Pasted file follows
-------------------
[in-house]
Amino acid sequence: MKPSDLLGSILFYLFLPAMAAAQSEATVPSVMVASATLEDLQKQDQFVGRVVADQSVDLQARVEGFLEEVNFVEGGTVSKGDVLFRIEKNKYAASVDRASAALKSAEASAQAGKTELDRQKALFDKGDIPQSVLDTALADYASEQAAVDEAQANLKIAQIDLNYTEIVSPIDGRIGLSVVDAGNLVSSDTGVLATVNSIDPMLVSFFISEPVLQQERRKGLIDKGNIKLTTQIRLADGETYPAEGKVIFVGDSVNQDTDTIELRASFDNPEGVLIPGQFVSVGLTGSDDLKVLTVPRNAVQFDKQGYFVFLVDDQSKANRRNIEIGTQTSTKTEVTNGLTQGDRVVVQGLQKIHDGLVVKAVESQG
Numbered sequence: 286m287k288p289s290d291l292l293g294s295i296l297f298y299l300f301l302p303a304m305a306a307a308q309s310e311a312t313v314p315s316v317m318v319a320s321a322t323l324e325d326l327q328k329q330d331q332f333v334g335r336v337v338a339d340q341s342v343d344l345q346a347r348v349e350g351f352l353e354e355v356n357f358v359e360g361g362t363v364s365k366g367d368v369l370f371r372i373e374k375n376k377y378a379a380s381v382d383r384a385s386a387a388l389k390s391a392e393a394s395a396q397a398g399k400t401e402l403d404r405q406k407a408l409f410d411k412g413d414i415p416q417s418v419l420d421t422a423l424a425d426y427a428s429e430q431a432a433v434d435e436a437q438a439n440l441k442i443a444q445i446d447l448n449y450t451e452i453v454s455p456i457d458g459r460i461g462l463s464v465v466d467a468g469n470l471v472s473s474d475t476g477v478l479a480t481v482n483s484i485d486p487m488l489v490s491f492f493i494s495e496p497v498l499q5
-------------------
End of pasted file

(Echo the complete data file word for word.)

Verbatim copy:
[in-house]
Amino acid sequence: MKPSDLLGSILFYLFLPAMAAAQSEATVPSVMVASATLEDLQKQDQFVGRVVADQSVDLQARVEGFLEEVNFVEGGTVSKGDVLFRIEKNKYAASVDRASAALKSAEASAQAGKTELDRQKALFDKGDIPQSVLDTALADYASEQAAVDEAQANLKIAQIDLNYTEIVSPIDGRIGLSVVDAGNLVSSDTGVLATVNSIDPMLVSFFISEPVLQQERRKGLIDKGNIKLTTQIRLADGETYPAEGKVIFVGDSVNQDTDTIELRASFDNPEGVLIPGQFVSVGLTGSDDLKVLTVPRNAVQFDKQGYFVFLVDDQSKANRRNIEIGTQTSTKTEVTNGLTQGDRVVVQGLQKIHDGLVVKAVESQG
Numbered sequence: 286m287k288p289s290d291l292l293g294s295i296l297f298y299l300f301l302p303a304m305a306a307a308q309s310e311a312t313v314p315s316v317m318v319a320s321a322t323l324e325d326l327q328k329q330d331q332f333v334g335r336v337v338a339d340q341s342v343d344l345q346a347r348v349e350g351f352l353e354e355v356n357f358v359e360g361g362t363v364s365k366g367d368v369l370f371r372i373e374k375n376k377y378a379a380s381v382d383r384a385s386a387a388l389k390s391a392e393a394s395a396q397a398g399k400t401e402l403d404r405q406k407a408l409f410d411k412g413d414i415p416q417s418v419l420d421t422a423l424a425d426y427a428s429e430q431a432a433v434d435e436a437q438a439n440l441k442i443a444q445i446d447l448n449y450t451e452i453v454s455p456i457d458g459r460i461g462l463s464v465v466d467a468g469n470l471v472s473s474d475t476g477v478l479a480t481v482n483s484i485d486p487m488l489v490s491f492f493i494s495e496p497v498l499q5